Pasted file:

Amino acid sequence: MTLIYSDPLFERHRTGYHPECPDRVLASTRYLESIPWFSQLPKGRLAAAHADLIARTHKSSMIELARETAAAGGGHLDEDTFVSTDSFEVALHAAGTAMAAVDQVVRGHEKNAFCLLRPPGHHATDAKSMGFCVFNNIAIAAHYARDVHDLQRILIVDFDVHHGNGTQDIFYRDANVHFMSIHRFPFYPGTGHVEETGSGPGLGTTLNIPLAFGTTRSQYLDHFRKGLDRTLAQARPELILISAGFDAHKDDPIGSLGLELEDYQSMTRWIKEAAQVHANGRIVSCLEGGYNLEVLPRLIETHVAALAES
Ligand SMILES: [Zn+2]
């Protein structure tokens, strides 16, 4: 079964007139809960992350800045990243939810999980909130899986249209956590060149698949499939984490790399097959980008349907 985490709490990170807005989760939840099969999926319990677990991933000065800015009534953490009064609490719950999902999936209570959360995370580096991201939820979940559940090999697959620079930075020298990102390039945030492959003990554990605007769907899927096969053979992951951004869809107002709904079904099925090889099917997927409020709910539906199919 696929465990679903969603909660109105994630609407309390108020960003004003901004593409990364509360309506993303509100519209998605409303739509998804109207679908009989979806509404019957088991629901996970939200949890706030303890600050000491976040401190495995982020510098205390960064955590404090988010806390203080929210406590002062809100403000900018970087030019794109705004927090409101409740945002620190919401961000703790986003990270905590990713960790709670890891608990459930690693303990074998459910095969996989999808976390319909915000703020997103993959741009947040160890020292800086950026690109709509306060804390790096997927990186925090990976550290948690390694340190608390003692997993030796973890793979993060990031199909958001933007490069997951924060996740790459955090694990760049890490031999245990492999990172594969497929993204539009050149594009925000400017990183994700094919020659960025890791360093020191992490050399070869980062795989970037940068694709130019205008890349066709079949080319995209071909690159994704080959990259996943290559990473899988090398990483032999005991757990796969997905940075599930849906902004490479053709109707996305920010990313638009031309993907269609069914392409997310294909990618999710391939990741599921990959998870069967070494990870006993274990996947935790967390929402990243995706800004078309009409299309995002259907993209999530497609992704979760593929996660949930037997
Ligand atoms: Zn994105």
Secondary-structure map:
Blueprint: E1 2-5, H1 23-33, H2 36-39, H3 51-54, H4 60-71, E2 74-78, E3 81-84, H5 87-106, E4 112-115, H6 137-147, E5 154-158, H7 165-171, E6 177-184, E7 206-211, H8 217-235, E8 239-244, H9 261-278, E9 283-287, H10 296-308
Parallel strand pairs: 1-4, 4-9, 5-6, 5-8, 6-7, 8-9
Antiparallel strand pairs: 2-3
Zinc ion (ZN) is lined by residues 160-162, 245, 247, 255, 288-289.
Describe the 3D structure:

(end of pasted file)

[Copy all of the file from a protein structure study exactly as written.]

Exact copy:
Amino acid sequence: MTLIYSDPLFERHRTGYHPECPDRVLASTRYLESIPWFSQLPKGRLAAAHADLIARTHKSSMIELARETAAAGGGHLDEDTFVSTDSFEVALHAAGTAMAAVDQVVRGHEKNAFCLLRPPGHHATDAKSMGFCVFNNIAIAAHYARDVHDLQRILIVDFDVHHGNGTQDIFYRDANVHFMSIHRFPFYPGTGHVEETGSGPGLGTTLNIPLAFGTTRSQYLDHFRKGLDRTLAQARPELILISAGFDAHKDDPIGSLGLELEDYQSMTRWIKEAAQVHANGRIVSCLEGGYNLEVLPRLIETHVAALAES
Ligand SMILES: [Zn+2]
């Protein structure tokens, strides 16, 4: 079964007139809960992350800045990243939810999980909130899986249209956590060149698949499939984490790399097959980008349907 985490709490990170807005989760939840099969999926319990677990991933000065800015009534953490009064609490719950999902999936209570959360995370580096991201939820979940559940090999697959620079930075020298990102390039945030492959003990554990605007769907899927096969053979992951951004869809107002709904079904099925090889099917997927409020709910539906199919 696929465990679903969603909660109105994630609407309390108020960003004003901004593409990364509360309506993303509100519209998605409303739509998804109207679908009989979806509404019957088991629901996970939200949890706030303890600050000491976040401190495995982020510098205390960064955590404090988010806390203080929210406590002062809100403000900018970087030019794109705004927090409101409740945002620190919401961000703790986003990270905590990713960790709670890891608990459930690693303990074998459910095969996989999808976390319909915000703020997103993959741009947040160890020292800086950026690109709509306060804390790096997927990186925090990976550290948690390694340190608390003692997993030796973890793979993060990031199909958001933007490069997951924060996740790459955090694990760049890490031999245990492999990172594969497929993204539009050149594009925000400017990183994700094919020659960025890791360093020191992490050399070869980062795989970037940068694709130019205008890349066709079949080319995209071909690159994704080959990259996943290559990473899988090398990483032999005991757990796969997905940075599930849906902004490479053709109707996305920010990313638009031309993907269609069914392409997310294909990618999710391939990741599921990959998870069967070494990870006993274990996947935790967390929402990243995706800004078309009409299309995002259907993209999530497609992704979760593929996660949930037997
Ligand atoms: Zn994105």
Secondary-structure map:
Blueprint: E1 2-5, H1 23-33, H2 36-39, H3 51-54, H4 60-71, E2 74-78, E3 81-84, H5 87-106, E4 112-115, H6 137-147, E5 154-158, H7 165-171, E6 177-184, E7 206-211, H8 217-235, E8 239-244, H9 261-278, E9 283-287, H10 296-308
Parallel strand pairs: 1-4, 4-9, 5-6, 5-8, 6-7, 8-9
Antiparallel strand pairs: 2-3
Zinc ion (ZN) is lined by residues 160-162, 245, 247, 255, 288-289.
Describe the 3D structure: